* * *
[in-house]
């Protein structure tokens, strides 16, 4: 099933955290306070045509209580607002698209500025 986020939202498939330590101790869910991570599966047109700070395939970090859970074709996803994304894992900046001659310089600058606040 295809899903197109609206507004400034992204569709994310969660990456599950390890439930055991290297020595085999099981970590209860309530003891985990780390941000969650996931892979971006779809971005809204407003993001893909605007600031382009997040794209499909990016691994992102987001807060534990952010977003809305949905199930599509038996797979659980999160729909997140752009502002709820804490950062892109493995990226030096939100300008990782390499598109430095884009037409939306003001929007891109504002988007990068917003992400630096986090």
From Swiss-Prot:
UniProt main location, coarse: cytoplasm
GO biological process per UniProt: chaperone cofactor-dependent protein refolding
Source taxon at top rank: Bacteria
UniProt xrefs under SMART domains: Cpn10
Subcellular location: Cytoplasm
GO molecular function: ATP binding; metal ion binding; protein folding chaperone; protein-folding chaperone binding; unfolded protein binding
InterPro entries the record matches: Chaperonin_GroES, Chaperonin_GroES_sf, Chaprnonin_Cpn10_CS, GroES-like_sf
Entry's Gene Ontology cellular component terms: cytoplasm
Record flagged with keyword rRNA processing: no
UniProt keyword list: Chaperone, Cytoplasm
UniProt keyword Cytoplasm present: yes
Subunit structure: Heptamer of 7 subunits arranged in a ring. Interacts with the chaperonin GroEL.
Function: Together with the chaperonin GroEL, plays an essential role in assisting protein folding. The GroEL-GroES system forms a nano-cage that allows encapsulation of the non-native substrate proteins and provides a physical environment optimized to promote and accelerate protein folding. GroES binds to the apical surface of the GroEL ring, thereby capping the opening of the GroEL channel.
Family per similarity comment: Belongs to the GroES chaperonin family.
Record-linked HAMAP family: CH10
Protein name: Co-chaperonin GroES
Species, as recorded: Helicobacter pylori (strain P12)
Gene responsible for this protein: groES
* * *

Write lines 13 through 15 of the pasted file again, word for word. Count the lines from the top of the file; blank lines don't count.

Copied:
UniProt keyword list: Chaperone, Cytoplasm
UniProt keyword Cytoplasm present: yes
Subunit structure: Heptamer of 7 subunits arranged in a ring. Interacts with the chaperonin GroEL.